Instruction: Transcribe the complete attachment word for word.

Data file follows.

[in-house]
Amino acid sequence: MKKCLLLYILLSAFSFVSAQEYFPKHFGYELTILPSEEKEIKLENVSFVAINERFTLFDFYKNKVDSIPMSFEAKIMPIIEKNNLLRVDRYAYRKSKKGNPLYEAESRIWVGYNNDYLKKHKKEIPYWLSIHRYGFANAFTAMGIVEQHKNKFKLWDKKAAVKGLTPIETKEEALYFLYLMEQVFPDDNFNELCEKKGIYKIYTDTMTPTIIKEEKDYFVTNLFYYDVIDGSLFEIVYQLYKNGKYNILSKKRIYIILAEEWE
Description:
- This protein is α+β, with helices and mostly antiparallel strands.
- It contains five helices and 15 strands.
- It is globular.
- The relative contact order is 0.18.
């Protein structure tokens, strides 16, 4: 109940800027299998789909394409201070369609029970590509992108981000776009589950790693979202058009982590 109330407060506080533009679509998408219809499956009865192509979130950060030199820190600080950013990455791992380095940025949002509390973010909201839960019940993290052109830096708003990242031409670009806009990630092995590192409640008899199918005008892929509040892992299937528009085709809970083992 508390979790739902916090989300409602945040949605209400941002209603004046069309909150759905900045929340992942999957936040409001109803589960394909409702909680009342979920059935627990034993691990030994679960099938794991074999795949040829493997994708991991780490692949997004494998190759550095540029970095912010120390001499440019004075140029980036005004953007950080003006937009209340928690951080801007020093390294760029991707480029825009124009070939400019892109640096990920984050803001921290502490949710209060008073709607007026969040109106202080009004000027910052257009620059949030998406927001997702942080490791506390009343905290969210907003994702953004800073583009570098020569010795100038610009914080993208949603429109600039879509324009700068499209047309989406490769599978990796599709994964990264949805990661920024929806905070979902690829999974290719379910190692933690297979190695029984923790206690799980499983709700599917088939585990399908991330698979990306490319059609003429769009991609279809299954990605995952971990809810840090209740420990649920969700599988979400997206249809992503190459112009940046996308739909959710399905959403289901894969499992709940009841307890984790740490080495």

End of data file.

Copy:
[in-house]
Amino acid sequence: MKKCLLLYILLSAFSFVSAQEYFPKHFGYELTILPSEEKEIKLENVSFVAINERFTLFDFYKNKVDSIPMSFEAKIMPIIEKNNLLRVDRYAYRKSKKGNPLYEAESRIWVGYNNDYLKKHKKEIPYWLSIHRYGFANAFTAMGIVEQHKNKFKLWDKKAAVKGLTPIETKEEALYFLYLMEQVFPDDNFNELCEKKGIYKIYTDTMTPTIIKEEKDYFVTNLFYYDVIDGSLFEIVYQLYKNGKYNILSKKRIYIILAEEWE
Description:
- This protein is α+β, with helices and mostly antiparallel strands.
- It contains five helices and 15 strands.
- It is globular.
- The relative contact order is 0.18.
């Protein structure tokens, strides 16, 4: 109940800027299998789909394409201070369609029970590509992108981000776009589950790693979202058009982590 109330407060506080533009679509998408219809499956009865192509979130950060030199820190600080950013990455791992380095940025949002509390973010909201839960019940993290052109830096708003990242031409670009806009990630092995590192409640008899199918005008892929509040892992299937528009085709809970083992 508390979790739902916090989300409602945040949605209400941002209603004046069309909150759905900045929340992942999957936040409001109803589960394909409702909680009342979920059935627990034993691990030994679960099938794991074999795949040829493997994708991991780490692949997004494998190759550095540029970095912010120390001499440019004075140029980036005004953007950080003006937009209340928690951080801007020093390294760029991707480029825009124009070939400019892109640096990920984050803001921290502490949710209060008073709607007026969040109106202080009004000027910052257009620059949030998406927001997702942080490791506390009343905290969210907003994702953004800073583009570098020569010795100038610009914080993208949603429109600039879509324009700068499209047309989406490769599978990796599709994964990264949805990661920024929806905070979902690829999974290719379910190692933690297979190695029984923790206690799980499983709700599917088939585990399908991330698979990306490319059609003429769009991609279809299954990605995952971990809810840090209740420990649920969700599988979400997206249809992503190459112009940046996308739909959710399905959403289901894969499992709940009841307890984790740490080495």